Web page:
3 Key Objectives of Chinese Government Healthcare Spending

In the latest installment of China’s 5-year plan, the government laid out a series of initiatives that will make China one of the largest pharmaceutical markets in the world.  China’s pharmaceutical market is expected to grow from $46 billion in 2009 to $178 billion in 2019, and this massive growth is largely being driven by the ongoing healthcare reforms.

These government initiatives are creating massive opportunities for companies with their fingers on the pulse of these programs.  Here are three key government objectives and the impacts they are having on our clients:

1) Key Objective – To Provide Universal Healthcare Insurance

Under the healthcare reform, the government introduced two new basic healthcare insurance schemes, NRCMS and BMIUR, to expand coverage among the rural and the poor urban population, respectively.  In addition to a much larger population with access to health insurance, reimbursement rates have also increased; which is likely the cause of higher per capita spending on medical examination and treatment in hospitals countrywide.

2) Key Objective – To Improve Healthcare Services at Grassroots Level

As of February 2012, around 2,200 county hospitals and 33,000 primary healthcare institutions have been renovated as part of the healthcare reform, with approximately 70% of township hospitals and 85% of community health centers having been upgraded.  In 2010, 627 new hospitals were set up in China, and because of improved spending on healthcare facilities, about 70% of counties have at least one hospital at the secondary level-A.  With all of this new construction, there has been a sharp uptick in utilization and demand for diagnostics and examinations.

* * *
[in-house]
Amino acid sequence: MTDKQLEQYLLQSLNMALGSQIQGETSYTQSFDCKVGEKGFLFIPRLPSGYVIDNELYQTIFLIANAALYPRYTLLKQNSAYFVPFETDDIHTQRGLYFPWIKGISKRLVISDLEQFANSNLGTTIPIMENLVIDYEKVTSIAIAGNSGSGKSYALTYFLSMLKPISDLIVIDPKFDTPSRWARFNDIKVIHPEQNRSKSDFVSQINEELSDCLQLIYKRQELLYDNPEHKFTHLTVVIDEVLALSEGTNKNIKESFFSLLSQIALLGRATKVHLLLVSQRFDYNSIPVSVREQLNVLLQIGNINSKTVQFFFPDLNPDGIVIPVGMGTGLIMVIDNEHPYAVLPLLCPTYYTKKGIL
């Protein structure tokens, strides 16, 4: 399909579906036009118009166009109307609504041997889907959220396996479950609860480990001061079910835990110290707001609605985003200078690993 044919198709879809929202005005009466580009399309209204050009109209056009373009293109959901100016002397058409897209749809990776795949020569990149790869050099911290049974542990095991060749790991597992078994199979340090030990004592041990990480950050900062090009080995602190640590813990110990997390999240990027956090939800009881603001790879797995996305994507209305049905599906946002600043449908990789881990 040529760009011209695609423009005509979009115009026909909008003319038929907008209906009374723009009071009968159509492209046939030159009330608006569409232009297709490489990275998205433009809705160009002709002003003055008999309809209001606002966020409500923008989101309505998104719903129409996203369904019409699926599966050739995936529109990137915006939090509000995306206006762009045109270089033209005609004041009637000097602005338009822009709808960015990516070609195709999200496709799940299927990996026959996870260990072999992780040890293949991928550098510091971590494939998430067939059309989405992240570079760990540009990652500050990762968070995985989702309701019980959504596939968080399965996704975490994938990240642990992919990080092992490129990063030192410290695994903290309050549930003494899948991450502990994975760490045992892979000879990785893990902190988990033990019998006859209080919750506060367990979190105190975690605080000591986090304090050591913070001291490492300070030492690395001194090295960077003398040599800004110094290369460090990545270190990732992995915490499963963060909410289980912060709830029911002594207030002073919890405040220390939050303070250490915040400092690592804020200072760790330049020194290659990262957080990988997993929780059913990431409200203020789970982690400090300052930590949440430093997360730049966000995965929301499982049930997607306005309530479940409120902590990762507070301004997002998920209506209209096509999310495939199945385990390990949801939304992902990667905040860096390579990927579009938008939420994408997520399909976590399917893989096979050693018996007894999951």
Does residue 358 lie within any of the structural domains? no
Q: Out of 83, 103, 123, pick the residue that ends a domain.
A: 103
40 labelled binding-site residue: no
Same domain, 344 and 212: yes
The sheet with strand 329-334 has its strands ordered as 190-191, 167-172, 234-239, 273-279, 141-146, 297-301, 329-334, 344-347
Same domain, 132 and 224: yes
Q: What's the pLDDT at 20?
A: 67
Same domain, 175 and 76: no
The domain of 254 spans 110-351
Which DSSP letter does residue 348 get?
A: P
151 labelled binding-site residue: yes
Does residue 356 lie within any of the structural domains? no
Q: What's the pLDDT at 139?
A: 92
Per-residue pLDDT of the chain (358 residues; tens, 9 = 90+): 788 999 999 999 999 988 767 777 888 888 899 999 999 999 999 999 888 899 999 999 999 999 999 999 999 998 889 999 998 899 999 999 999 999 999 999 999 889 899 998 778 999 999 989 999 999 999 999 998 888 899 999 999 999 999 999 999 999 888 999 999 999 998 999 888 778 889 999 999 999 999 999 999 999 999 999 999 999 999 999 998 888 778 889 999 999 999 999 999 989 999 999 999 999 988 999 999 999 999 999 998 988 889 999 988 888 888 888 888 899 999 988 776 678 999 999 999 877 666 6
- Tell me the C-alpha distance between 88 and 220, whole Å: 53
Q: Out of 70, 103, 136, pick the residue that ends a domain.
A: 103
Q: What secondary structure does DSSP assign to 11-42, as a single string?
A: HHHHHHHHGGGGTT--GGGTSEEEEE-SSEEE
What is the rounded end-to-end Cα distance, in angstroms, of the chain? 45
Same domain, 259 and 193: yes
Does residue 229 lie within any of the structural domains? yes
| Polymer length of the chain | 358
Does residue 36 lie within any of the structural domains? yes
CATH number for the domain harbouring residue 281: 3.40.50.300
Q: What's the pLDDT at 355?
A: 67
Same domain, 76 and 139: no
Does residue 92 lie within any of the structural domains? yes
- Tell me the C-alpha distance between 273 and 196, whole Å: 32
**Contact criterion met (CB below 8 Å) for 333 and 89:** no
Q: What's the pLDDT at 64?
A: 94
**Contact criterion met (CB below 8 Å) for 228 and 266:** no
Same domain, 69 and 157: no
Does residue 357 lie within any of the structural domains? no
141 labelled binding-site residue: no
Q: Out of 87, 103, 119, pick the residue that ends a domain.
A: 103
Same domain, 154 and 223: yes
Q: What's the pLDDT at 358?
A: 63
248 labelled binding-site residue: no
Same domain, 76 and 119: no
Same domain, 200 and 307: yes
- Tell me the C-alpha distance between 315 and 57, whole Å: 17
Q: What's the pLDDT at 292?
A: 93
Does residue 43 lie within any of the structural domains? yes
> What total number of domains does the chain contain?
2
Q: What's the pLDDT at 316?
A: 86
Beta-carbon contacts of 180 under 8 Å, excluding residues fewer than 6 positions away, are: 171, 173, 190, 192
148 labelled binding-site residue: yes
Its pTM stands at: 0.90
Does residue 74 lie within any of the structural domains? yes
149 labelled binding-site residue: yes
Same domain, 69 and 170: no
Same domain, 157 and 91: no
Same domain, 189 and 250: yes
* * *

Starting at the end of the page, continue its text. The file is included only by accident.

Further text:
3) Key Objective – Public Hospital Reform

Introduction of reforms in the public hospital system has been the toughest challenge for the Chinese government; the government’s reform plan includes separation of ownership and management and a gradual elimination of drug margins.  This has led to the government announcing policies that promote private sector investment in hospitals.  Specifically, the tendering process is now much more in the hands of individual hospitals and lower-tier clinical facilities, which could be a boon for healthcare companies that are able to leverage their geographic reach and local knowledge into a competitive edge during this process.

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